If my university loved me as much as I love it, it would value honesty with me. The last fiscal year, Texan News Service was literally the only organization on the Student Service Fee list to have a budget cut. We were denied the budget increase we requested, and we were actually cut $6,000 less than we received the year before. However, the second publication on campus, the JTAC (which is a part of Student Publications) was given a hefty increase in funds from the Student Service Fee—an increase of over $60,000. We are both student-run publications with student workers. The only major difference between the JTAC and Texan News Service is our content. Because the JTAC is created out of Student Life, most of their articles are written to shine a positive light on the university. There is nothing wrong with this form of publication, but we at Texan News Service more often post investigative pieces. We uncover hidden truths, tell students why their professor is no longer teaching, let students know break-downs of where their money is going, inform them of new organizations popping-up on campus and make public records truly public to the student body. If my university really loved me, they would be more willing to fund the organizations on campus that uncover the truth.

The thing is, I love Tarleton. I don’t even want to graduate; I wish I could stay for four more years. I walk around this place with pride and hum the color song at noon when I hear the bells chime. I hold a candle at Silver Taps with pride and sympathy in hopes that someone will do the same for me someday.

The problem is that the love between me and this university is a one-way street. When I graduate, I will be forgotten, and the sun will still rise over the campus each morning. Tarleton does not love me. It loves my money.


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14 Responses

  1. Austin Gravley says:

    I am not a Tarleton student, but I completely agree with what you’re saying here. I commend you on having the boldness and courage to say what needs to be said about university culture as a whole. I hope your piece will cause some change within your school, at the very least.

  2. Madison says:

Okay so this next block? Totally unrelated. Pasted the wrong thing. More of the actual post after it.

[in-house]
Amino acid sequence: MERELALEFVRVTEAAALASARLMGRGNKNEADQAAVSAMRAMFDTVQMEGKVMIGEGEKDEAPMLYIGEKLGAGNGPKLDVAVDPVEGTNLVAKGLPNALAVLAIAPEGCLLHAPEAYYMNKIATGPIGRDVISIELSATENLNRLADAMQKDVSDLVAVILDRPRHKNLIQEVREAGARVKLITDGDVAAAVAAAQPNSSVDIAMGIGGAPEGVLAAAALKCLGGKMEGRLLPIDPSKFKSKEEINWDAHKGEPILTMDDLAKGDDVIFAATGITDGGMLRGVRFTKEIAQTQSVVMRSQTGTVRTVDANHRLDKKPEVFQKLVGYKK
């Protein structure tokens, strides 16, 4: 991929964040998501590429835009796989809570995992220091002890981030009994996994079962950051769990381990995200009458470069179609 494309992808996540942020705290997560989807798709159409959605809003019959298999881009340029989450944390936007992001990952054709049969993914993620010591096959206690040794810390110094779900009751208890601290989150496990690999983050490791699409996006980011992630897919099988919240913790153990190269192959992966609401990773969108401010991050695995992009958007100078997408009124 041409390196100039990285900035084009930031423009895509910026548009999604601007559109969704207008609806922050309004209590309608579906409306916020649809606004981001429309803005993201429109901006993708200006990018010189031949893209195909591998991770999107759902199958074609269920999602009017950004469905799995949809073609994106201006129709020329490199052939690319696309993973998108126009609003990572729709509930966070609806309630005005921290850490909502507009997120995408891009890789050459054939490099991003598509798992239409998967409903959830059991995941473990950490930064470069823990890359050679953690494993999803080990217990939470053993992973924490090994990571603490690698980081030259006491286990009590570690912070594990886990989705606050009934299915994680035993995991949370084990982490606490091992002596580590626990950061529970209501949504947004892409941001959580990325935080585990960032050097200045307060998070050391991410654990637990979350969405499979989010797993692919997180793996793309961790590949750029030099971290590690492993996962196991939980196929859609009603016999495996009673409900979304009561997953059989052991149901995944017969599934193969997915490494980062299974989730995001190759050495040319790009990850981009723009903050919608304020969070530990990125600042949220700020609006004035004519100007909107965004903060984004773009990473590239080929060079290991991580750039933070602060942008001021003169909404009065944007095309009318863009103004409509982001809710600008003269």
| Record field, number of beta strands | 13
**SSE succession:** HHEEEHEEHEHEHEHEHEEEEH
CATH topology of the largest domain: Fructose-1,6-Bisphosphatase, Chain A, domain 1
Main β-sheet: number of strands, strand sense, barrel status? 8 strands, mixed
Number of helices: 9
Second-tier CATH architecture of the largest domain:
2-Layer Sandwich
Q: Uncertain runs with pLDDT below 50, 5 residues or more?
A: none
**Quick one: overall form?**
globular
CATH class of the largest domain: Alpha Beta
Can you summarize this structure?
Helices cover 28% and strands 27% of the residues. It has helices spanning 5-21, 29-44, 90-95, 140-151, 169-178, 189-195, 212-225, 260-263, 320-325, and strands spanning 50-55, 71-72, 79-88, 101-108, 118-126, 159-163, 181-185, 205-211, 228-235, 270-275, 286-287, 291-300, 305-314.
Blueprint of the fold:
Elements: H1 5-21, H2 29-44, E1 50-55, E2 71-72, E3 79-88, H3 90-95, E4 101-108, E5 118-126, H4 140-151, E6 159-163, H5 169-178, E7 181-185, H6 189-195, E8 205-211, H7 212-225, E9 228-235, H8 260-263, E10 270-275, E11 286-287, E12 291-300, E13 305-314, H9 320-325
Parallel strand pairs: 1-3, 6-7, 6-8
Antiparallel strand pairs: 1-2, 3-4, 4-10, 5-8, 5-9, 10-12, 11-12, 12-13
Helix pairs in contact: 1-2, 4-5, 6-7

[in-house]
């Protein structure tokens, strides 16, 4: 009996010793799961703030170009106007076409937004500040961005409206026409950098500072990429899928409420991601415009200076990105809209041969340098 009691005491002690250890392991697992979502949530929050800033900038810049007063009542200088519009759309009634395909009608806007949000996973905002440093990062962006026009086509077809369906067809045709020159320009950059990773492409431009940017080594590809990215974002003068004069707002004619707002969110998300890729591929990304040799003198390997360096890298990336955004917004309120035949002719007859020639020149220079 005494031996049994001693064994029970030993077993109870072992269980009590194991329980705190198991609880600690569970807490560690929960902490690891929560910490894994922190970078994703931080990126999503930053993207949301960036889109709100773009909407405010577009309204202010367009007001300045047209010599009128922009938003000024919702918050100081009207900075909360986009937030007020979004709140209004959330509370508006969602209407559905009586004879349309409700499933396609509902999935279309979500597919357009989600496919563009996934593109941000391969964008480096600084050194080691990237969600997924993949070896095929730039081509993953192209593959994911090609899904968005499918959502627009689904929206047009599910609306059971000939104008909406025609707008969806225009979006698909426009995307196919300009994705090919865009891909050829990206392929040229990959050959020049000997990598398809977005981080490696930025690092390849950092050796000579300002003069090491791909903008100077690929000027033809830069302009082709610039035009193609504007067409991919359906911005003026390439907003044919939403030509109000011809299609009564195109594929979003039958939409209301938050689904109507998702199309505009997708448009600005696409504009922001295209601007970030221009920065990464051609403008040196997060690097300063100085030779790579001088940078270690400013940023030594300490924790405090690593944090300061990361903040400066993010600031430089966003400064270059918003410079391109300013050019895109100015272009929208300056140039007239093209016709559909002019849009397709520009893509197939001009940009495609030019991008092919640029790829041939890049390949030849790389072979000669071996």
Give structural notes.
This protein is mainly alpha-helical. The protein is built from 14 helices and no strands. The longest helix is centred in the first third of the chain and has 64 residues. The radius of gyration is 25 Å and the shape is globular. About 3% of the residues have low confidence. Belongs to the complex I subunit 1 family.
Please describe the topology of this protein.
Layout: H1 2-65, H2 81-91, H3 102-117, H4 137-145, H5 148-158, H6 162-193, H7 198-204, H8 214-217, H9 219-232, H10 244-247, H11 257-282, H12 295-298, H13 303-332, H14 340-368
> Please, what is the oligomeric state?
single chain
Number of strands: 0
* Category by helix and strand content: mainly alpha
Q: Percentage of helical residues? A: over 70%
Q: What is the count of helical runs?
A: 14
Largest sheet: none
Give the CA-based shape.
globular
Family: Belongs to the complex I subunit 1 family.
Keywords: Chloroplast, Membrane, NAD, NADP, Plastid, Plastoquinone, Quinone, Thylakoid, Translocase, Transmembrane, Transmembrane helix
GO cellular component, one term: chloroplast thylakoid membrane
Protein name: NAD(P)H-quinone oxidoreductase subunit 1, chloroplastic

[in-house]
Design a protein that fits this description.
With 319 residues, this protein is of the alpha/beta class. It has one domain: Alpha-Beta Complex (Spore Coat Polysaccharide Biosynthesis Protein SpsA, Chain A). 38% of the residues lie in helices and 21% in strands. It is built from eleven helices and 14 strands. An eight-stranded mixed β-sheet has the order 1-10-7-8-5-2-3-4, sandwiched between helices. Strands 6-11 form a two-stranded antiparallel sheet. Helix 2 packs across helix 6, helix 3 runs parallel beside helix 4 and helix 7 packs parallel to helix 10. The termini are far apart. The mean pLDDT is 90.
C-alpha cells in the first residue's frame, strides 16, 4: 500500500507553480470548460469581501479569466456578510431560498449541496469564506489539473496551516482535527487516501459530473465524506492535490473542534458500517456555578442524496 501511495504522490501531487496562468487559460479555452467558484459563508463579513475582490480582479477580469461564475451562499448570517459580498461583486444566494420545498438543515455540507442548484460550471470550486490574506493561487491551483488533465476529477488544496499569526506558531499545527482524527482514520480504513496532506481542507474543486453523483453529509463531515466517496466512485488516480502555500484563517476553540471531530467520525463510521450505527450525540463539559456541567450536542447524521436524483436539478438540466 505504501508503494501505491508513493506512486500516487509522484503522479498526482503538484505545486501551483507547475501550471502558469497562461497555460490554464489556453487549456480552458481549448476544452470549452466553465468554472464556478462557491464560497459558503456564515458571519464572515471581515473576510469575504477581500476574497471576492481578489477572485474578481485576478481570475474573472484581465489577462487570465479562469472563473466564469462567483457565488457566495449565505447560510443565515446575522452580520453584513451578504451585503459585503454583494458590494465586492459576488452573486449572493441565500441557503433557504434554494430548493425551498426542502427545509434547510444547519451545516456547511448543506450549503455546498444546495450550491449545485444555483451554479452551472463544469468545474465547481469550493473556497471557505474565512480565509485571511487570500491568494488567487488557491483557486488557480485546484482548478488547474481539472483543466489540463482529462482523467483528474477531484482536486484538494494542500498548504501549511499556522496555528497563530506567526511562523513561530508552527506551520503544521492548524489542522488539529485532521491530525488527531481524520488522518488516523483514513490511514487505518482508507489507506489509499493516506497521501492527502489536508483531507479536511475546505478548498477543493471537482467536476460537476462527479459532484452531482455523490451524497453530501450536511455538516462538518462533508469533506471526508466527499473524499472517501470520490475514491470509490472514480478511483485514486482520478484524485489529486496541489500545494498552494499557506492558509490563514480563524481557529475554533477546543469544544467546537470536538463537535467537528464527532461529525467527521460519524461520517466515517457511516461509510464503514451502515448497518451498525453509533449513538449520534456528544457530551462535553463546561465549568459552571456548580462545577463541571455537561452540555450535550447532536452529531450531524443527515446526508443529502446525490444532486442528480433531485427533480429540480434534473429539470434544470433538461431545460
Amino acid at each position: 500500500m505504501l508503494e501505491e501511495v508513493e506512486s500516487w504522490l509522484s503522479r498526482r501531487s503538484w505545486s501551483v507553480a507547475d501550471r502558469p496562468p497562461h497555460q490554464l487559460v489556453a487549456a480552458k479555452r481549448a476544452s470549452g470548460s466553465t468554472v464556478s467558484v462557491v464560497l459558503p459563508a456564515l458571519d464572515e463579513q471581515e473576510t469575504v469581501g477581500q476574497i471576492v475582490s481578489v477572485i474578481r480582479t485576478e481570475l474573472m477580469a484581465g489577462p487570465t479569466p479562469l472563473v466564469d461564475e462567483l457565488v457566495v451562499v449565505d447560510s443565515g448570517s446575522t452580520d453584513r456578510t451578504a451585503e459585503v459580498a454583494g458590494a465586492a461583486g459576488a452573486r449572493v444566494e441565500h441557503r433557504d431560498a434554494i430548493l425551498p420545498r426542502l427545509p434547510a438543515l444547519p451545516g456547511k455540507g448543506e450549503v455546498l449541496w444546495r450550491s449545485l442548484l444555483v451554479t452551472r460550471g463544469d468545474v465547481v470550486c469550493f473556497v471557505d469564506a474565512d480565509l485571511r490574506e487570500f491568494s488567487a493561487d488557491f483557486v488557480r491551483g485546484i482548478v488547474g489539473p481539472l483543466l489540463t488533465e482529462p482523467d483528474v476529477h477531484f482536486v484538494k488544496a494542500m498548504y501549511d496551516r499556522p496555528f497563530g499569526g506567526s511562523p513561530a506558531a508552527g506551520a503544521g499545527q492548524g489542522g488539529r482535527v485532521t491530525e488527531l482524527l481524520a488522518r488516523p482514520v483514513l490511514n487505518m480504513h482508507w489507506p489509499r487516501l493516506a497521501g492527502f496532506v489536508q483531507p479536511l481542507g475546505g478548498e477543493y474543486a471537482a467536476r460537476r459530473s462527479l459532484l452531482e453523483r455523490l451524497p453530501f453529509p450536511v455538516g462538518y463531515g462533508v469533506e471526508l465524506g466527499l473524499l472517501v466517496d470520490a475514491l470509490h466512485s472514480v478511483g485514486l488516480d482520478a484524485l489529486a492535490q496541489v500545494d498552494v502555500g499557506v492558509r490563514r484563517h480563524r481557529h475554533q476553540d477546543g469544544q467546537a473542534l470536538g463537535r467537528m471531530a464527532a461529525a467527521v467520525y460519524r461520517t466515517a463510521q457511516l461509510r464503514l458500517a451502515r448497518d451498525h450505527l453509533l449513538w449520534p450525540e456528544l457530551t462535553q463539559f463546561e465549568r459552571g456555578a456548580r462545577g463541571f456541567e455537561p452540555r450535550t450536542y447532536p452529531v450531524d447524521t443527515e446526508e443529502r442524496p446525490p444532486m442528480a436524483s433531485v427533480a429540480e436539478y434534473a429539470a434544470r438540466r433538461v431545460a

Love this article so much. I think you say things that a lot of people have been thinking themselves.

  3. Emily says:

    An opinion, yes but oh how short sided. The author states “Tarleton doesn’t love me, it just loves my money.” Because silver taps, student to faculty ratios, and easy assess to the presidents office all show that Tarleton doesn’t love you right? I mean what other state university can you attend where all of your professors know you by name? Where department heads will sit down with students to discuss a problem for over an hour? Where the president invites you into his home? It’s unheard of. I love my school but I am very disappointed in the number of students who recently complain about “the growth” our university is experiencing. Do you not understand Tarleton is trying to go D-1? In order to be D-1 you must have a certain number of facilities on your campus. It’s all about me, me, me, me. Well I don’t know about you but this fall I will graduate with a BSN from Tarleton Stare University. And I want that to mean something. I want Tarleton to be a university that is recognized across the state for its excellence and family atmosphere. So excuse me if I don’t care so much about parking 5 more blocks away, and cracks in the older academic buildings. Our campus was founded in 1899- not everything is going to be in tip top shape. This is a pivotal point in our universities history. Growth presents its fair share of challenges in any organization. You can wallow in the challenges of that change, or you can embrace it, look toward the future and understand that what is happening now is far greater than your own agenda. That’s what being a Tarleton Texan is all about, caring about the Texans of tomorrow. Not to receive anything in return, but to make a lasting impact for the future. About the only part of this article that I agreed wth is TTM payment. Everything else is very short sided, and sad…that people only see the current situation instead of the vision the university holds. Tarleton cares about you so much that they want you to carry a diploma from a university that means something. Where people say, wow. You went there? That’s too cool. And in order to get that growth is required.

  4. Josh Young says:

    Ouch. But every word is completely true. I spent 4 years at Tarleton from 2011 -2015. I feel exactly the same. So many programs are forgotten or the money is pulled somewhere more flashy. I think much of TSU’s vision has been lost to the scramble for D1 status. What is more important: Investing in your students’ education or getting more money from the state? I’m pretty sure it has been the latter for too long.